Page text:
Inside Collection (Textbook): Collaborative Statistics

Summary: This module introduces the use of stem-and-leaf graphs (stemplots), line graphs and bar graphs for describing a set of data visually.

One simple graph, the *stem-and-leaf graph* or *stem plot*, comes from the field of exploratory data analysis.It is a good choice when the data sets are small. To create the plot, divide each observation of data into a stem and a leaf. The leaf consists of a *final significant digit*. For example, 23 has stem 2 and leaf 3. Four hundred thirty-two (432) has stem 43 and leaf 2. Five thousand four hundred thirty-two (5,432) has stem 543 and leaf 2. The decimal 9.3 has stem 9 and leaf 3. Write the stems in a vertical line from smallest the largest. Draw a vertical line to the right of the stems. Then write the leaves in increasing order next to their corresponding stem.

For Susan Dean's spring pre-calculus class, scores for the first exam were as follows (smallest to largest):

33; 42; 49; 49; 53; 55; 55; 61; 63; 67; 68; 68; 69; 69; 72; 73; 74; 78; 80; 83; 88; 88; 88; 90; 92; 94; 94; 94; 94; 96; 100

Stem | Leaf |
---|---|

3 | 3 |

4 | 299 |

5 | 355 |

6 | 1378899 |

7 | 2348 |

8 | 03888 |

9 | 0244446 |

10 | 0 |

The stem plot shows that most scores fell in the 60s, 70s, 80s, and 90s. Eight out of the 31 scores or approximately 26% of the scores were in the 90's or 100, a fairly high number of As.

The stem plot is a quick way to graph and gives an exact picture of the data. You want to look for an overall pattern and any outliers. An outlier is an observation of data that does not fit the rest of the data. It is sometimes called an *extreme value.* When you graph an outlier, it will appear not to fit the pattern of the graph. Some outliers are due to mistakes (for example, writing down 50 instead of 500) while others may indicate that something unusual is happening. It takes some background information to explain outliers. In the example above, there were no outliers.

Create a stem plot using the data:

1.1; 1.5; 2.3; 2.5; 2.7; 3.2; 3.3; 3.3; 3.5; 3.8; 4.0; 4.2; 4.5; 4.5; 4.7; 4.8; 5.5; 5.6; 6.5; 6.7; 12.3

The data are the distance (in kilometers) from a home to the nearest supermarket.

- Are there any values that might possibly be outliers?
- Do the data seem to have any concentration of values?

The leaves are to the right of the decimal.

The value 12.3 may be an outlier. Values appear to concentrate at 3 and 4 kilometers.

Stem | Leaf |
---|---|

1 | 1 5 |

2 | 3 5 7 |

3 | 2 3 3 5 8 |

4 | 0 2 5 5 7 8 |

5 | 5 6 |

6 | 5 7 |

7 | |

8 | |

9 | |

10 | |

11 | |

12 | 3 |

Another type of graph that is useful for specific data values is a *line graph*. In the particular line graph shown in the example, the *x-axis* consists of *data values* and the *y-axis* consists of *frequency points*. The frequency points are connected.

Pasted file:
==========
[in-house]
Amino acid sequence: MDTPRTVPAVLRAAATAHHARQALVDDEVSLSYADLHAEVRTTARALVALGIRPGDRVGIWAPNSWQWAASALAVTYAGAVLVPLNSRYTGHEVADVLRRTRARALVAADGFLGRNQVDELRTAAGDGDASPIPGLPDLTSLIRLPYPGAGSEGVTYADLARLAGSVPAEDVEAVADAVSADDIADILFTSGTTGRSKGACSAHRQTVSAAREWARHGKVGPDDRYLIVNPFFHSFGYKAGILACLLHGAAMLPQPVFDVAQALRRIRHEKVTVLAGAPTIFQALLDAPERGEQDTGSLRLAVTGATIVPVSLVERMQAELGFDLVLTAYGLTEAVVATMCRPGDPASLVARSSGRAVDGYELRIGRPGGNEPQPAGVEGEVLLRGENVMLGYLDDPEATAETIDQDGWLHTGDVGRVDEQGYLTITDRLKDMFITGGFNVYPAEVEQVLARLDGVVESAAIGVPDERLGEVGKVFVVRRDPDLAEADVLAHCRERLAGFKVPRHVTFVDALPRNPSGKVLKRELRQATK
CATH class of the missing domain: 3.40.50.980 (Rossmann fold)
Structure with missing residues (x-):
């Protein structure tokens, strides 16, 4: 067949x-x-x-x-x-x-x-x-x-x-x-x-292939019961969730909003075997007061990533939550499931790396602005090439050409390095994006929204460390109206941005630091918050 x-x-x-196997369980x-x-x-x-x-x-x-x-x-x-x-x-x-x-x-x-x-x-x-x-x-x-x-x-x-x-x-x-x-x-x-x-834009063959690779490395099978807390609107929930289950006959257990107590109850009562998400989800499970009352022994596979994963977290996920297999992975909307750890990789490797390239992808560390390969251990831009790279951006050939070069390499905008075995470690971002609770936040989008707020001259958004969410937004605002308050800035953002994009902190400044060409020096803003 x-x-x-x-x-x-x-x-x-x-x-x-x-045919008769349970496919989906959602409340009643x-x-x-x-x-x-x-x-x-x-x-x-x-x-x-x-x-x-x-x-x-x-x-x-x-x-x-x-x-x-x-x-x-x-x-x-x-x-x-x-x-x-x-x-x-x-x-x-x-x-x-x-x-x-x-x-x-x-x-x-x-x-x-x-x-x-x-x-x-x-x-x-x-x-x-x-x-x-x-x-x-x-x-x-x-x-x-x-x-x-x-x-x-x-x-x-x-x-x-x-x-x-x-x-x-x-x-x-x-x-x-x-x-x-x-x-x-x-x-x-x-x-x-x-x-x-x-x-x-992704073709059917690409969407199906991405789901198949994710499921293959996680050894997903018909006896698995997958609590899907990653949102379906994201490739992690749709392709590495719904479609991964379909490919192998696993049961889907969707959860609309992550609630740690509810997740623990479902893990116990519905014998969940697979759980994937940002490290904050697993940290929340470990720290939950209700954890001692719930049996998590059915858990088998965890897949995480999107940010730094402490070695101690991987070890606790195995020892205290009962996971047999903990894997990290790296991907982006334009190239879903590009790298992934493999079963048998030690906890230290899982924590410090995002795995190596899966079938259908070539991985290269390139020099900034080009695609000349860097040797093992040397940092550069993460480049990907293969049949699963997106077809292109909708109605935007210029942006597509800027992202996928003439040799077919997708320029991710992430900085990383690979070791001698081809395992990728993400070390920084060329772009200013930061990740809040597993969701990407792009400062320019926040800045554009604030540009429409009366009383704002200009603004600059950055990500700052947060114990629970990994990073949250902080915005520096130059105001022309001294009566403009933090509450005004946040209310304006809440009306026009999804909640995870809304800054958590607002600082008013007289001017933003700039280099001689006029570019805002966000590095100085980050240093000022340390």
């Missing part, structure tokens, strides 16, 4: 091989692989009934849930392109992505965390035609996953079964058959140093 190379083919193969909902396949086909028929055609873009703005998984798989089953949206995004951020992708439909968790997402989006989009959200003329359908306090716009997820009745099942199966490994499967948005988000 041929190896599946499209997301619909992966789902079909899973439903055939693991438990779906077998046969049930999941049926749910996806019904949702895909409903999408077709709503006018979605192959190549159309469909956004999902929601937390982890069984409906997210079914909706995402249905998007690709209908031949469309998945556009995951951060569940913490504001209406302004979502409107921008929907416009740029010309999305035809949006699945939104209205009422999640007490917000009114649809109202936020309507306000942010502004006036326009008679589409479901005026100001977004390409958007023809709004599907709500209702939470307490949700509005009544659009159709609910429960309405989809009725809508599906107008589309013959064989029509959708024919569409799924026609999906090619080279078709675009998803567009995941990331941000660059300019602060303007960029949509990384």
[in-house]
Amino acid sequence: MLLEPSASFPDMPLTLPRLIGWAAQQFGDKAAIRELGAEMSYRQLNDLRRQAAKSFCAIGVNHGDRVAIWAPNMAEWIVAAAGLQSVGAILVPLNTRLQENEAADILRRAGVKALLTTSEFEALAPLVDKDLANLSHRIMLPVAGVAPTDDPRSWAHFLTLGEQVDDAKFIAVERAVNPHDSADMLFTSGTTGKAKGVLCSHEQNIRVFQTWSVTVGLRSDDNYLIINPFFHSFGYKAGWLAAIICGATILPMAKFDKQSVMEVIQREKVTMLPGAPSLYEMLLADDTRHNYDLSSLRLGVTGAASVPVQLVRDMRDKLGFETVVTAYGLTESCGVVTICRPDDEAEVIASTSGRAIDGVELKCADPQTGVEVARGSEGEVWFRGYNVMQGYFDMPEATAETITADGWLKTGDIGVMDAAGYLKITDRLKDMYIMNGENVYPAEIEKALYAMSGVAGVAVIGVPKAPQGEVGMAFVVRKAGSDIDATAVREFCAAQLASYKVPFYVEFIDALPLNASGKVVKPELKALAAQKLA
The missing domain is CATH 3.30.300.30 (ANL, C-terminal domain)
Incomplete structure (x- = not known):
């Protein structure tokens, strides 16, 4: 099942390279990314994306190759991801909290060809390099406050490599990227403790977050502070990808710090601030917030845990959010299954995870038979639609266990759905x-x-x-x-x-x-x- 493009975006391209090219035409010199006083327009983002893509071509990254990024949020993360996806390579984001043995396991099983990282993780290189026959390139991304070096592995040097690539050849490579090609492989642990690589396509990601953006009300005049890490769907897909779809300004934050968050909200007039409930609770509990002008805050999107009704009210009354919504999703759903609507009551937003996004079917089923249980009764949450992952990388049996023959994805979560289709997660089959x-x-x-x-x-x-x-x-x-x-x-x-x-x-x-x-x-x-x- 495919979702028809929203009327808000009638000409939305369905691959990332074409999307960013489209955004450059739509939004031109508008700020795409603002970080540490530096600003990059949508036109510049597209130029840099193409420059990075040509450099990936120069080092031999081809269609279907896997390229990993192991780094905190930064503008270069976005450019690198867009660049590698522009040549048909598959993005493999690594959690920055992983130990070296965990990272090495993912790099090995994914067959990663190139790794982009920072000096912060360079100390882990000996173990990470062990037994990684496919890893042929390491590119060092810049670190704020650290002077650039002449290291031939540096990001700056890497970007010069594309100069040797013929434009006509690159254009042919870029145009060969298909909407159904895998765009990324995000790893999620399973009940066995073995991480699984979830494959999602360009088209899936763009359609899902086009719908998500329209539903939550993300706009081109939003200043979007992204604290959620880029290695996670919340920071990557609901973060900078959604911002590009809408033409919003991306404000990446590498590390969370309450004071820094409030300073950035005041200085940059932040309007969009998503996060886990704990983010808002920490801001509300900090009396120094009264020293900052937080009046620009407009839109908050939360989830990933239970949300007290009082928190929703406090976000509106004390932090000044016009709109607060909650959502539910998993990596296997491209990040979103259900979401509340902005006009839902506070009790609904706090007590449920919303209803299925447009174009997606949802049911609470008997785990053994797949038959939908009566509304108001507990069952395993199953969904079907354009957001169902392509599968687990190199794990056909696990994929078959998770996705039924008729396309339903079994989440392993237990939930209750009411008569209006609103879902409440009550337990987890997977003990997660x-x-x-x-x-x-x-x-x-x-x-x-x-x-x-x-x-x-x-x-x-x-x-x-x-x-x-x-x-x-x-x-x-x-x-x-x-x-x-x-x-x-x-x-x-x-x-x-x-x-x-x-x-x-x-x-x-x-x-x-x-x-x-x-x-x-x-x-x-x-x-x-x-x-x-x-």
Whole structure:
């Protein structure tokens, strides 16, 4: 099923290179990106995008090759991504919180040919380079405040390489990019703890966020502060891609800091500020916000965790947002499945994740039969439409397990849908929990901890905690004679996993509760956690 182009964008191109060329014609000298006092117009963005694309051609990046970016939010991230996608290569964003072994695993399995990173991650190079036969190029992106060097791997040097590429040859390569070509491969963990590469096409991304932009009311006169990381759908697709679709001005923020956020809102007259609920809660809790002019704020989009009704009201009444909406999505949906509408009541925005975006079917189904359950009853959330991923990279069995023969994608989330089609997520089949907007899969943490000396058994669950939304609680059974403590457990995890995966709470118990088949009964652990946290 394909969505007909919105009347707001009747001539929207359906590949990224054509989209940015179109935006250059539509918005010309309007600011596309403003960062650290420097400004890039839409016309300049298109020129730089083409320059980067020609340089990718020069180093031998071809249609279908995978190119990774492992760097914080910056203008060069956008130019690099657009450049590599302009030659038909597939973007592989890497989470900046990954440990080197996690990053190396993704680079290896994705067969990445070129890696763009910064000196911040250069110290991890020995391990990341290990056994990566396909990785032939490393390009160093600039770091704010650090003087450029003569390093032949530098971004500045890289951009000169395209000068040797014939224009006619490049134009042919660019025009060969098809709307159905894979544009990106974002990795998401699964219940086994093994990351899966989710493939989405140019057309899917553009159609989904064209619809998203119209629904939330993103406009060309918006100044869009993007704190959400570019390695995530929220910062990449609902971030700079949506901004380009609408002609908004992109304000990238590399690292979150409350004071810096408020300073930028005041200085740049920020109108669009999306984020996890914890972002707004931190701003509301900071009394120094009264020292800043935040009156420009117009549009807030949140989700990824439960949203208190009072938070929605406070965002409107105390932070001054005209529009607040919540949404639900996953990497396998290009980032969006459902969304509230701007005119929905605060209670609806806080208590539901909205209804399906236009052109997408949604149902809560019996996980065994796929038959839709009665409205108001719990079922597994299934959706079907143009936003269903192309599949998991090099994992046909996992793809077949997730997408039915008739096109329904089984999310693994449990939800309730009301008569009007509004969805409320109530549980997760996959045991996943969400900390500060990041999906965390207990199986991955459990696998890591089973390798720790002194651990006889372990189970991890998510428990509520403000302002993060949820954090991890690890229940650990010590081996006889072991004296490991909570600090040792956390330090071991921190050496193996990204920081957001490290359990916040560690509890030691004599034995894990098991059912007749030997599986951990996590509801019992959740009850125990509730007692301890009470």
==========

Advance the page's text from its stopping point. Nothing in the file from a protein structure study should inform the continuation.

In a survey, 40 mothers were asked how many times per week a teenager must be reminded to do his/her chores. The results are shown in the table and the line graph.

Number of times teenager is reminded | Frequency |
---|---|

0 | 2 |

1 | 5 |

2 | 8 |

3 | 14 |

4 | 7 |

5 | 4 |

*Bar graphs* consist of bars that are separated from each other. The bars can be rectangles or they can be rectangular boxes and they can be vertical or horizontal.

The *bar graph* shown in *Example 4* has age groups represented on the *x-axis* and proportions on the *y-axis*.

By the end of 2011, in the United States, Facebook had over 146 million users. The table shows three age groups, the number of users in each age group and the proportion (%) of users in each age group.
*Source: http://www.kenburbary.com/2011/03/facebook-demographics-revisited-2011-statistics-2/*

Age groups | Number of Facebook users | Proportion (%) of Facebook users |
---|---|---|

13 - 25 | 65,082,280 | 45% |

26 - 44 | 53,300,200 | 36% |

45 - 64 | 27,885,100 | 19% |

The columns in the table below contain the race/ethnicity of U.S. Public Schools: High School Class of 2011, percentages for the Advanced Placement Examinee Population for that class and percentages for the Overall Student Population. The 3-dimensional graph shows the Race/Ethnicity of U.S. Public Schools (qualitative data)
on the *x-axis* and Advanced Placement Examinee Population percentages on the *y-axis*. (*Source: http://www.collegeboard.com* and * Source: http://apreport.collegeboard.org/goals-and-findings/promoting-equity*)

Race/Ethnicity | AP Examinee Population | Overall Student Population |
---|---|---|

1 = Asian, Asian American or Pacific Islander | 10.3% | 5.7% |

2 = Black or African American | 9.0% | 14.7% |

3 = Hispanic or Latino | 17.0% | 17.6% |

4 = American Indian or Alaska Native | 0.6% | 1.1% |

5 = White | 57.1% | 59.2% |

6 = Not reported/other | 6.0% | 1.7% |

Go to Outcomes of Education Figure 22 for an example of a bar graph that shows unemployment rates of persons 25 years and older for 2009.

This book contains instructions for constructing a *histogram* and a *box plot* for the TI-83+ and TI-84 calculators. You can find additional instructions for using these calculators on the Texas Instruments (TI) website.

- Outlier:
- An observation that does not fit the rest of the data.

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